How to Make a Gravel Driveway in Your Garden

Among the different types of garden paths, the gravel path is the cheapest, especially if you build it yourself.

Be careful, however: before pouring the gravel, it is essential to prepare the foundations of your driveway:

it is meticulous and very physical work, especially if you want to build a driveway.

This practical sheet explains how to make a gravel driveway, whether pedestrian or vehicular, the first case being the simplest, not requiring heavy machinery.

1. Define the Use of Your Gravel Driveway

Your gravel driveway can be either pedestrian or vehicular:

Pedestrian gravel driveway: you can easily make it yourself because it will not be necessary to disengage the ground to a great depth. Be careful with the volume and weight of the materials to be handled!

Drive-on gravel driveway: this type of driveway requires a significant amount of soil to be drained and a thick underlay to be laid, which must be well-groomed. These are jobs requiring physical strength and the use of a roller compactor or even a mini excavator.

2. Draw Your Gravel Path

Straight aisle

Materialize the boundaries on each side of the lane with a line, so that your lane is perfectly straight.

With a meter, check that the edges are strictly parallel.

Curved aisle

Materialize the boundaries on each side of the lane with a flexible garden hose held at regular intervals by stakes.

With a meter, check at different places that the edges of the aisle are strictly parallel.

3. Unpack the Ground


Lower the ground over the entire surface of the lane, making sure that the surface is as flat as possible.


– Pedestrian walkway: unpack with a shovel to a depth of about 10 cm.


– Driveway: unpack with a shovel, or better still a mini excavator, to a depth of about 25 cm.


– Remove large tree roots if necessary.


– Level the bottom of the excavation with the back of a rake.


Note: Consider recovering the valuable topsoil removed for later use in beds or other plantations.

4. Apply an All-Round Underlay


Note: Given the amount of all comers and gravel required, buy them by the ton in a quarry.


– Start by spreading a 0-40 (crushed stone) underlay at the bottom of your excavation:


◦ 8-9 cm layer for a pedestrian walkway (which will be reduced to about 6-7 cm once groomed);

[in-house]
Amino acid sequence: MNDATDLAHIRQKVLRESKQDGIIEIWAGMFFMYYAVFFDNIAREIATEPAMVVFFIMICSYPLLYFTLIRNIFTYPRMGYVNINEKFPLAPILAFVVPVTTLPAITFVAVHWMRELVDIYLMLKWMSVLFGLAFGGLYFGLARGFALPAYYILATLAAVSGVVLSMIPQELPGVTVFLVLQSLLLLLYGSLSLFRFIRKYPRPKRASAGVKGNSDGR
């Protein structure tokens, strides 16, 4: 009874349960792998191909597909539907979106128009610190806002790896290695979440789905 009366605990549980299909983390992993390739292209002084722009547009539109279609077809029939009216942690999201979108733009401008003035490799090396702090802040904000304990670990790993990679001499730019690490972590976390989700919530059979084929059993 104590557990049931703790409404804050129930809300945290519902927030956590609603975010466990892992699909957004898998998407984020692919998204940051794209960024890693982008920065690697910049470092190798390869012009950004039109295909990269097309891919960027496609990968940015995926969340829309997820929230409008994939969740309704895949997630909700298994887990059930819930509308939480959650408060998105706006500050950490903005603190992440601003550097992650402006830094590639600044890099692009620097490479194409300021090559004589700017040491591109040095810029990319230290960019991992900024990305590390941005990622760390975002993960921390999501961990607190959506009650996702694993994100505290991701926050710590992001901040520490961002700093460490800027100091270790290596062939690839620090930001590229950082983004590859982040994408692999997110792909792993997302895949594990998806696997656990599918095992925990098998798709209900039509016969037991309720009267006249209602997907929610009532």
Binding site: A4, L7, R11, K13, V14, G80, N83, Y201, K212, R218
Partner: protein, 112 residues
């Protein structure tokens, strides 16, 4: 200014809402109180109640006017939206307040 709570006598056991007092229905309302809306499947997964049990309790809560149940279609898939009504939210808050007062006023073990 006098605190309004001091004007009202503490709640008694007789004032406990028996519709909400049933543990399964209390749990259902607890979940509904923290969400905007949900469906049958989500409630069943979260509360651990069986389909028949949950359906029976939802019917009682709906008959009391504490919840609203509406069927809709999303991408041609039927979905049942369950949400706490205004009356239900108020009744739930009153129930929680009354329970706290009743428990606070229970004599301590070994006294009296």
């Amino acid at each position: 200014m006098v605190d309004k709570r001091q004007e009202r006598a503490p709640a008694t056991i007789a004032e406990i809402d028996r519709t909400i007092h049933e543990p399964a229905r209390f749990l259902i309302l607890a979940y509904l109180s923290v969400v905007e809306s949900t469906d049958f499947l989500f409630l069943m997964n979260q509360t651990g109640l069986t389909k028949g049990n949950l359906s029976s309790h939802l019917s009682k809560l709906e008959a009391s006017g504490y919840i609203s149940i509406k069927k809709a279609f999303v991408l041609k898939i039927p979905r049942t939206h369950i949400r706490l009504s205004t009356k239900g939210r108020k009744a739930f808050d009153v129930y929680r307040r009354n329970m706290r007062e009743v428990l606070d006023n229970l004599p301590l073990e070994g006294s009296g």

◦ 25 cm layer for a driveway (which will be reduced to about 20 cm once groomed with a roller compactor).


– You should dame this layer firmly:


◦ with a garden roller or a cast iron for a pedestrian walkway;


◦ or with a roller compactor for a driveway.


– In order to fill the gaps between the stones, cover the whole area with a thin layer of sand spread with a rake.

5. Place a Geotextile Marker

Unroll a geotextile marker over the entire surface of the lane that:


– will slow down the growth of weeds;


– will prevent the roots from rising again;


– will prevent any deformation of your driveway.

6. Cover Your Driveway with Gravel

Choose fairly fine gravel, but not too fine: 6-20 gravel is a good compromise.


– Load the gravel into a wheelbarrow and spread it as evenly as possible with a shovel.


– Spread a layer that is neither too thin nor too thick (too thin it would disappear quickly, too thick it would make walking uncomfortable): a layer of 3 to 4 cm is ideal.


Namely: for a 4 cm layer, count 1 m3 of gravel for a surface area of 25 m².


– Using a rake, scrape the gravel to level the driveway.
Note: every 3 years or so, it will be necessary to partially recharge your gravel driveway to maintain its initial level.

7. Place a Border Along the Lane (Optional)


If you wish, finish your driveway with a paved curb, which will contain the gravel and aesthetically finish your work.

Hope the above helps you out in creating a beautiful driveway in your garden. Remember to share your views in the comment section below!

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